Wednesday, June 02, 2010

Linking Strategy and Tactics

In war, in love, throughout life, the best intended and most highly prized strategic goals can be rendered unattainable by a tactical action taken in complete confidence of one's tactical capability.

In the late 1980's the Colonel, then a captain, commanded a 200-man reinforced rifle company tasked with the mission of conducting helicopter-borne operations while on a Marine Expeditionary Unit--Special Operations Capable (MEU--SOC) deployment to the Mediterranean. One of the operations for which this unit trained was take-down or reinforcement of merchant shipping--both of which called for fast-roping (sliding down a 40-foot rope dangling from a hovering helicopter) onto the cluttered deck of an underway merchantman. Great fun. Within much less than a minute of the helicopter coming to a stable hover over the target ship, a dozen heavily-armed Marines could be out of the helo and taking up initial positions on the deck. Exciting stuff.

Get a squad of heavily-armed and well-trained Marines anywhere and that chunk of territory is rapidly under their control--or destroyed; take your pick.

So, as the three of you who regularly waste valuable rod and cone time perusing posts hereon can well imagine, the Colonel took a great deal of interest in the Israeli navy commando operation to take control of the Turkish-flagged merchant ships attempting to break the Israeli blockade of Hamas-controlled Gaza. The Colonel even received some encouragement from a surprising quarter to post hereon regarding the Israeli operation. Seems there might actually be FOUR of you who regularly waste valuable rod and cone time perusing posts hereon. Unfortunately, that fourth quarter may be somewhat disappointed at the slant this post takes. (Enough football references for you?)

The Colonel's initial assessment was that the Israelis acted appropriately and with remarkable restraint to interdict the blockade-runners. Appropriately, because anyone who believes that there were no intentions to provide arms and ammunition to Hamas (the Islamo-Fascist regime currently governing the Gaza Strip, whose over-arching strategic aim is the destruction of Israel) along with milk, cookies, and medical supplies to the Palestinian people has been smoking something a wee bit stronger than a Marlboro. Remarkable restraint, because the Israeli navy could have easily stopped the merchant ship flotilla with torpedoes and heavy deck guns--actions which have ample precedent in Israeli military history.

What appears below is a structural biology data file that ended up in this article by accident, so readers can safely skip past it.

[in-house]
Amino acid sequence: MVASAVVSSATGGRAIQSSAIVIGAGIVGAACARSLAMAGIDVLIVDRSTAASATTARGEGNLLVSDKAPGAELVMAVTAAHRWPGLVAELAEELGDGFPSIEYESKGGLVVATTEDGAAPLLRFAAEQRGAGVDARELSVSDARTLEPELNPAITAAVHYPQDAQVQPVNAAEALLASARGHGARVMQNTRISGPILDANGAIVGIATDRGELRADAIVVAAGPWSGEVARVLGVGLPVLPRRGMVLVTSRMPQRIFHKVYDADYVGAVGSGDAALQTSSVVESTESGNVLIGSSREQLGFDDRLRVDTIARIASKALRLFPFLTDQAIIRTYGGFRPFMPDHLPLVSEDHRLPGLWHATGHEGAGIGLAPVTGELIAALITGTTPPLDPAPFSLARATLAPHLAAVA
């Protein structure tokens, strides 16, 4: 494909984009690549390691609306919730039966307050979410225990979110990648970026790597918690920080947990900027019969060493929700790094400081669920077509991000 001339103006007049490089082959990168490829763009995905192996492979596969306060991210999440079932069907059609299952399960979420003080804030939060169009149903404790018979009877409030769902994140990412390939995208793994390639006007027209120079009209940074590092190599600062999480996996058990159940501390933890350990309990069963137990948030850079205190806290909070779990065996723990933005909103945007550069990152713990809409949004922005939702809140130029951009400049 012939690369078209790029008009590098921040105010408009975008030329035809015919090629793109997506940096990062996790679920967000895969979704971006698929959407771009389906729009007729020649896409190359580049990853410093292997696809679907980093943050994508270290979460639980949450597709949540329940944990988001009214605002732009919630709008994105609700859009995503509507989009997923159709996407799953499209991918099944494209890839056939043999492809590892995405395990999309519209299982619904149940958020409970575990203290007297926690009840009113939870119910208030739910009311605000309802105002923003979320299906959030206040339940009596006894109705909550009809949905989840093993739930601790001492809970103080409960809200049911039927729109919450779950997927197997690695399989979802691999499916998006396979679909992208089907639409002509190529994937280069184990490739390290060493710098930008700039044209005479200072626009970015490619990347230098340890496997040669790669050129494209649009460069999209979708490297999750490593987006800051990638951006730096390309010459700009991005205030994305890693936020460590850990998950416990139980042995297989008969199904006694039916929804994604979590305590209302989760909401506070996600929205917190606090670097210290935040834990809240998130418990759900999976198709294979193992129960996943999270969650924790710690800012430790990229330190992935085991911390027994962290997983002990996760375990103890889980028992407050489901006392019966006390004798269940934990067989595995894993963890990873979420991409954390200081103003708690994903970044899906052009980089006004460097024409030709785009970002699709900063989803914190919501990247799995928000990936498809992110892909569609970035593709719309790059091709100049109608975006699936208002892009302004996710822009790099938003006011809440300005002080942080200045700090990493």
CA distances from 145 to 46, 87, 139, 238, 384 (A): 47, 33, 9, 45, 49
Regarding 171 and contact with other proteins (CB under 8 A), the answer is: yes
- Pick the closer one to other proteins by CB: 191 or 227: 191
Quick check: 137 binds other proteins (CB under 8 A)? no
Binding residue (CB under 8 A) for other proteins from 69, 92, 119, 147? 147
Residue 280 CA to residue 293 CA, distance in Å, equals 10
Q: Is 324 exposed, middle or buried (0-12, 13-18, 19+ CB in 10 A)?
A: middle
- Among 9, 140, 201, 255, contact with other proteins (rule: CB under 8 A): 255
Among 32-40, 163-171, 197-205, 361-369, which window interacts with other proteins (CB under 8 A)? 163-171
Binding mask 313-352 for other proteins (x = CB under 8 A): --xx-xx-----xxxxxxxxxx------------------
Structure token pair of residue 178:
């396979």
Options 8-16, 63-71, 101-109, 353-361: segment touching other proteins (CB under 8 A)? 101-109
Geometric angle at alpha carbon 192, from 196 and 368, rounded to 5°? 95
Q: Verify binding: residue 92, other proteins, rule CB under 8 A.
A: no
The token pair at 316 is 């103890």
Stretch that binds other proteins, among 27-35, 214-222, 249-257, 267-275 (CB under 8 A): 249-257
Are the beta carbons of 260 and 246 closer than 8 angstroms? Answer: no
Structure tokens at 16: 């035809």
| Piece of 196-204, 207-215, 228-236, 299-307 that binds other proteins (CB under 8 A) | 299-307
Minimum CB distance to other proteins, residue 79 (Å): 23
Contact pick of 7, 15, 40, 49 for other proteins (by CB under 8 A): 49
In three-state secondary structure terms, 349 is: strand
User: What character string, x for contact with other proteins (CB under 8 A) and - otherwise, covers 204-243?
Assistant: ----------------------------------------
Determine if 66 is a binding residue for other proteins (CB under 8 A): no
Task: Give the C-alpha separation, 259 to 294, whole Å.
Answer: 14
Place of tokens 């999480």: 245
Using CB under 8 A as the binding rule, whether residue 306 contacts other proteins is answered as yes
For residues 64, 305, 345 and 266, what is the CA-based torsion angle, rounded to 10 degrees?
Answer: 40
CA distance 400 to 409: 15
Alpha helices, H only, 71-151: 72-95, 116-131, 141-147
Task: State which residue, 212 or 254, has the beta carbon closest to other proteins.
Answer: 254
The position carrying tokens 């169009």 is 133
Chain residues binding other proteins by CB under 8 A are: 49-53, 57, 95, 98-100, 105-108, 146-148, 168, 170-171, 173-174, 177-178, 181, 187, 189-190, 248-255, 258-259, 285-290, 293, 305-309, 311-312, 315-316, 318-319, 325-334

But, as with all battlefield activities, first reports are always false and first assessments are always off the mark.

The Israeli tactics succeeded. The merchant ships, carrying what the Israelis had good reason to believe was more than just humanitarian supplies, did not physically break the blockade. There were no pictures of torpedoed merchantmen going down by the stern or the smoke of burning merchantmen against the bright blue Mediterranean sky.

The Israeli operation may well have failed, though, to accomplish its strategic aim. Nine civilians died. They obviously were not innocent civilians. But, they were civilians. It may indeed turn out that there were ONLY humanitarian supplies aboard these ships. If that is the case, the Israeli operation will have to be deemed an even greater strategic failure.

Israel occupies a rather unique position among the community of nations. No other nation on the planet is so surrounded by enemies so intent on its destruction. This fact has driven Israeli policy and decision-makers to take actions that all-too-often do not endear them to international opinion. They don't care. Nor would you, in their position.

And, the Israelis are tactically very good. Not as good as American soldiers on the whole, but very competent. Operationally (operations link tactics to strategy), however, they suffer myopia caused by their tactical competence. They tend to underestimate the operational and strategic competence of their enemies because their enemies are so tactically incompetent.

The Colonel believes that the Israeli blockade of Hamas in Gaza has been broken. This is a serious blow to Israeli strategic goals. They wanted to prevent Hamas-fired missiles from raining down on their cities. They may have stopped a resupply of those missiles this week. The trickle will now become a flood.

There is a lesson in this for these re-United States and our tactics in Talibanistan. Our remotely-piloted drone strikes have been tactically very effective and efficacious. The problem is the disconnect between effectiveness and efficacy. The Colonel worries that our operational mindset against the Taliban and other Islamo-fascist organizations has begun to mirror the Israeli operational mindset against the terror organizations at their throats. We are busy very accurately swatting flies when we should be cleaning up the piles of barnyard excrement attracting the flies.

Reminds the Colonel he needs to clean out the chicken coop this morning.
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